Read all of these basic safety precautions before starting to work on any of the motors. Failure to do so may result in personal injury, fire, and electric shock.

  • You should always keep your work area clean and well lit.
  • All motors include many small parts; keep very young children away from your work area.
  • Motors spin very fast; always wear safety goggles.
  • Super Glue, provided with most of the kits, is “instant bonding”. Point tube away from face and body. Do not squeeze while opening.
  • The T-pin and pushpin are sharp, be careful not to poke yourself.
  • Do not leave the motor unattended.
  • If you leave the battery shorted for a long period of time it may rupture or even explode.
  • Do not exceed 12 Volts to power the motors. You may get an electric shock. High voltages may also cause parts to overheat and create a fire.
  • If the current flowing through the transistor is big, it may get very hot. Do not touch it to prevent burns.
  • The soldering iron gets very hot! Be very careful with this tool, as it is easy to burn yourself with it.
  • Health hazard warning: Solder may contain lead. It is not suitable for small children.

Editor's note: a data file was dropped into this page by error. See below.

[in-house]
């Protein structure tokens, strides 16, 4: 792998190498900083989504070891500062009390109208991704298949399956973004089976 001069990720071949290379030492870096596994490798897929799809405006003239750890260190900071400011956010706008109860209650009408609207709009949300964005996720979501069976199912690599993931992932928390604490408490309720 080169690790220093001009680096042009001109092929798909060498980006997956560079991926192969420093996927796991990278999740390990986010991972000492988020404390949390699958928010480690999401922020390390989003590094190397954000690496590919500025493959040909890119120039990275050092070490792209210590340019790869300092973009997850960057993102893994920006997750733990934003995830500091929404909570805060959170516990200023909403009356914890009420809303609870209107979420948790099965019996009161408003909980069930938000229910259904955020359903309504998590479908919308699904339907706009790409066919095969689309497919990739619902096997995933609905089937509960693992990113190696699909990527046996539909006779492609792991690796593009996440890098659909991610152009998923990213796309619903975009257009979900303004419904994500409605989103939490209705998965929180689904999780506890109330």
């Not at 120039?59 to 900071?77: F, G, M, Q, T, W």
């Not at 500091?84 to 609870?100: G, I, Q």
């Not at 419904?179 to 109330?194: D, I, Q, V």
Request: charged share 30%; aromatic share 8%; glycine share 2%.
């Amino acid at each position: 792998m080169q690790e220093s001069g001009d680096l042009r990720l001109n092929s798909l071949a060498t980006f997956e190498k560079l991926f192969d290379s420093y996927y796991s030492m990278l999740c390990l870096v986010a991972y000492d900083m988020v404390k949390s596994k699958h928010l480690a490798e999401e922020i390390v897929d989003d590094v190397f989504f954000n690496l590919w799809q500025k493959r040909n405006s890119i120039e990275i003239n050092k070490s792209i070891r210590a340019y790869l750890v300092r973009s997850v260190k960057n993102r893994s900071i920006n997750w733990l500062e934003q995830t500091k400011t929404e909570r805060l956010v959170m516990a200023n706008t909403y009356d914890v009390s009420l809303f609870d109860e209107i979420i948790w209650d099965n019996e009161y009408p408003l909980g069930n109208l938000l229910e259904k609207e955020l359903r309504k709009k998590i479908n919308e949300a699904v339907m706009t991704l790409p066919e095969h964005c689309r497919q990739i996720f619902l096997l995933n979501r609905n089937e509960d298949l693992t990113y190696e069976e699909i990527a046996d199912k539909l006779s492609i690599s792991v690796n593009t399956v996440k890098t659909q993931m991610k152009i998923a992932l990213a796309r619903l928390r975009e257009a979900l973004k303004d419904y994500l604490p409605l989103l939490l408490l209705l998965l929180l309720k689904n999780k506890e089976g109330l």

These motor kits should not be used by anyone younger than 13 years old without adult supervision.


  1. Hi. I’m using a 5V wall adaptor capable of 2000 mA connected up to a motor capable of pulling 250mA. It is a direct connection with no diodes or caps or anything, it is merely going through a 2.5 mm PCB power jack. Can I get electrocuted? You say that above 12V I can, but it is not. Please inform!

    • Generally it should be safe if there is no malfunctioning in wall adaptor (it is highly unlikely though). If you touch the contacts with 5 Volts output there will be a current going through your body. The value of it is equal to voltage (5 V) divided by your body resistance. Even if your body is wet this current will be too small to feel it. Yes, the adaptor is capable of 2 A output but the current going through your body is not going to be even remotely close to it. Practically it is the same as touching the battery (like 3 AA batteries in serial connection).

  2. Well, I’m an inexperienced DIYer, whenever I have to use a power tool in my projects, I’m a little scared. Because I’m afraid I’d missed some important safety rule. I’ll follow your advices the next time I use power tools, thank you so much!

  3. More points

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